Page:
Delisting looms for Euro-Asia after rescue deadline passes

PUBLISHED : Tuesday, 04 May, 2004, 12:00am
UPDATED : Tuesday, 04 May, 2004, 12:00am

Provisional liquidators come up empty-handed in search for those willing to undertake restructuring

Euro-Asia Agricultural (Holdings), once the poster child for private enterprise in China, could be delisted from Hong Kong's main board after its provisional liquidators failed to produce a new restructuring proposal by Saturday's deadline.

A delisting would represent the start of the final chapter for the horticultural firm following its precipitous fall from grace amid allegations of massive fraud. Euro-Asia has been suspended from trading since September 30, 2002, shortly before its controlling shareholder, flamboyant mainland tycoon Yang Bin, was detained on the mainland for financial crimes that eventually resulted in an 18-year prison sentence.

The exchange said in October that it intended to cancel Euro-Asia's listing unless 'a valid resumption proposal' was submitted by the end of a final six-month reprieve, which expired on Saturday.

It is understood no new restructuring proposal was submitted by Euro-Asia's High Court-appointed provisional liquidators - Derek K.Y. Lai and Darach Haughey of Deloitte Touche Tohmatsu - by the deadline.

A potential white knight withdrew an offer to buy control of the company after the stock exchange rejected the plan in March and said a resumption proposal would have to satisfactorily address allegations of fraud during Euro-Asia's July 2001 initial public offering. Euro-Asia was accused by the mainland securities regulator of inflating its revenue 20 times over four years to gain its listing.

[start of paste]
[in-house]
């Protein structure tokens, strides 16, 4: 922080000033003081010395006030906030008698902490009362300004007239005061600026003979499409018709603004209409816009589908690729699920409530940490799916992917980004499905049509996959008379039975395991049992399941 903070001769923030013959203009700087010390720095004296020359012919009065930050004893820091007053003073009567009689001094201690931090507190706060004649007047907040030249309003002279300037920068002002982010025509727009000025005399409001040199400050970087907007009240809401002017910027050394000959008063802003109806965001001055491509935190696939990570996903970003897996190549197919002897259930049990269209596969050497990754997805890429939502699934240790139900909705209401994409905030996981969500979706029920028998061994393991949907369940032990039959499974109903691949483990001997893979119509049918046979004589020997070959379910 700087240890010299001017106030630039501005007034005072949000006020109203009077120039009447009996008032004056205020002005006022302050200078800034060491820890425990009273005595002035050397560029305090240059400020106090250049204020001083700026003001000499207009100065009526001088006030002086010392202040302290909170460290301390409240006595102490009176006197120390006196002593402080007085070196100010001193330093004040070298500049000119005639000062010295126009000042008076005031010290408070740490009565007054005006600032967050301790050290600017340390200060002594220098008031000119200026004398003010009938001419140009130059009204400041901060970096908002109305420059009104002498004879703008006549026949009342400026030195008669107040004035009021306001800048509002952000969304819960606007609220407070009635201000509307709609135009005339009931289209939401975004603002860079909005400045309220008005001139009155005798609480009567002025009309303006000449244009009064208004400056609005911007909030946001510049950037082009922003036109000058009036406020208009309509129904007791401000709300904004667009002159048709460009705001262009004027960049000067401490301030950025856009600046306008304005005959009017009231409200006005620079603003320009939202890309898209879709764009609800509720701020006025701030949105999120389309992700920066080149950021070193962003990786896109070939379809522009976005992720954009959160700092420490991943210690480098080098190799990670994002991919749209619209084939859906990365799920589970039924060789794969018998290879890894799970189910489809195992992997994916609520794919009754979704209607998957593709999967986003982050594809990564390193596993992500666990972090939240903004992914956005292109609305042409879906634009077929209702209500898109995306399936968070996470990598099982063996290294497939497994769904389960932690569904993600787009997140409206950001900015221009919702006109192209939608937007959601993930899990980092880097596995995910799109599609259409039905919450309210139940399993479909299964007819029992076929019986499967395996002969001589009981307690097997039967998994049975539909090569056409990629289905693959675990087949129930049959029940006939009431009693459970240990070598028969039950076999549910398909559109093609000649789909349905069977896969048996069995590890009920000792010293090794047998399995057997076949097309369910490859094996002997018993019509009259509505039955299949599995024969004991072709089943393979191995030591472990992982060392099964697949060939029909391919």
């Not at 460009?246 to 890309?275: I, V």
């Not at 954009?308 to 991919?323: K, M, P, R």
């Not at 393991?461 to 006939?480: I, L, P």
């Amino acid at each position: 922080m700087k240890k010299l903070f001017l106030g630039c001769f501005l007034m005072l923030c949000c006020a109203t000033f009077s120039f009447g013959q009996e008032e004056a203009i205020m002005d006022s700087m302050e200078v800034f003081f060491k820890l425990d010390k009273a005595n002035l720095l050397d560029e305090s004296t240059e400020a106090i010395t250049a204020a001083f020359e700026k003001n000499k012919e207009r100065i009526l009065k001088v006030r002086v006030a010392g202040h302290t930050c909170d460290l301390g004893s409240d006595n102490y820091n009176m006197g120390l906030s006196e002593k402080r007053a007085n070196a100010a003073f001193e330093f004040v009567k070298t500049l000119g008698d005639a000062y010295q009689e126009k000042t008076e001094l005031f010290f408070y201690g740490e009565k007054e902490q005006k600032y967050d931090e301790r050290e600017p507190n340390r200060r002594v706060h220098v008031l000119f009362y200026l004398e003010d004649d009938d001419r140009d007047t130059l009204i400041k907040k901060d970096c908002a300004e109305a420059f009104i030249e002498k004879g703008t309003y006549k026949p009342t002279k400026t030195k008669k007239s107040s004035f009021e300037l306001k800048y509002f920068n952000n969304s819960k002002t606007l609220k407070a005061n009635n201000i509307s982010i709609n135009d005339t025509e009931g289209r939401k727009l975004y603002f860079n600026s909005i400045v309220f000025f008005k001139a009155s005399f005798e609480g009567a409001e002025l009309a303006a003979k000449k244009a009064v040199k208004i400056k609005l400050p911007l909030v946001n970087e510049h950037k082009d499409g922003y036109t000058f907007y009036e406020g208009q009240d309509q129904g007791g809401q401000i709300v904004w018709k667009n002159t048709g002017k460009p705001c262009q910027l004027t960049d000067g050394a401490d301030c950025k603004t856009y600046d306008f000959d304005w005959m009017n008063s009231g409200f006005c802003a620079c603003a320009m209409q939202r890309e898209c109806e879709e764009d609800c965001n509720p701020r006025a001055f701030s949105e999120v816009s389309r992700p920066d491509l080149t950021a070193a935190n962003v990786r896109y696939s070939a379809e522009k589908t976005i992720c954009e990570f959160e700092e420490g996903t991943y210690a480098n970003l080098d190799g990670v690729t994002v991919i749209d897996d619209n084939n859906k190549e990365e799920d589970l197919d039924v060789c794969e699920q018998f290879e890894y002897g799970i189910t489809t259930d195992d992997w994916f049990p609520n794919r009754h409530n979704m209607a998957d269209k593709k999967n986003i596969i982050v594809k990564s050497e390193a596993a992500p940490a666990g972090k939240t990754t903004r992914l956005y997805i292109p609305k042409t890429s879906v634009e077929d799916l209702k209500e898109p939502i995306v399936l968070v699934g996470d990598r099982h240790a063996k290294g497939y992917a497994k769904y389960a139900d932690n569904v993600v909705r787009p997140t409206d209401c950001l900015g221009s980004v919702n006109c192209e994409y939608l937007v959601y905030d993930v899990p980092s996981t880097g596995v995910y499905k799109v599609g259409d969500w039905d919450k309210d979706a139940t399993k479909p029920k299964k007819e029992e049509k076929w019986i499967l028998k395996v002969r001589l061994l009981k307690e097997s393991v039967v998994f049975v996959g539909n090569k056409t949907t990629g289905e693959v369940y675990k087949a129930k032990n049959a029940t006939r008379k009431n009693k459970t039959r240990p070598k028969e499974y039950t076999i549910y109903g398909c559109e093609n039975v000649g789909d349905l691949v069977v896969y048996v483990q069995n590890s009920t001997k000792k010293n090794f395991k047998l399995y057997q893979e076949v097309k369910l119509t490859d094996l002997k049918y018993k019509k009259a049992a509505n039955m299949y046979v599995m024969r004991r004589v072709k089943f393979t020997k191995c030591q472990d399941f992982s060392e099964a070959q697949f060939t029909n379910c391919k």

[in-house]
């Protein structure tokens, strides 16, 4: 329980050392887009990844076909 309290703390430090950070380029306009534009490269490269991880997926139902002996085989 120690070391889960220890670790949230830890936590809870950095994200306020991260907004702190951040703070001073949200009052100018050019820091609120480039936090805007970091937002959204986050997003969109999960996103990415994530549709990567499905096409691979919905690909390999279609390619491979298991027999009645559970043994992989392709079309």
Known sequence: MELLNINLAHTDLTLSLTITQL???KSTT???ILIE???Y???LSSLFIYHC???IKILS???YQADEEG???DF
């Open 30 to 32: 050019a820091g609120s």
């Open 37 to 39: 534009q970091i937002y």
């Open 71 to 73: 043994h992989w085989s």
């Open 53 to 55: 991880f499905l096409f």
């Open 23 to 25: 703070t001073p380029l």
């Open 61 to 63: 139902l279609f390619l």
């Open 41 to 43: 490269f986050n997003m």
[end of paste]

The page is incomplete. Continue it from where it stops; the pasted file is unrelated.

The company also allegedly exaggerated the size of its greenhouse production facilities and used farmland illegally.

Following the withdrawal of the earlier plan, the provisional liquidators talked to two other potential investors who had previously expressed interest and remained tempted by Euro-Asia's listing status. However, the potential investors were deterred by the same stock exchange requirement, sources said yesterday.

Deloitte declined to comment yesterday. Officials at Chiyu Banking Corp, the BOC Hong Kong subsidiary which requested the appointment of provisional liquidators in the hope of recovering a $30 million loan from Euro-Asia, did not return phone calls.

A stock exchange spokesman dismissed criticism that unreasonable trading resumption requirements had been imposed on Euro-Asia. 'As a regulator, we have to ensure full compliance with our listing rules,' he said.

Euro-Asia's listing status is its only valuable asset in Hong Kong while most of its property, and even its financial records, are on the mainland, where Hong Kong-appointed liquidators find it hard to recover assets.

The provisional liquidators could request that Euro-Asia be wound up immediately at next Monday's High Court hearing.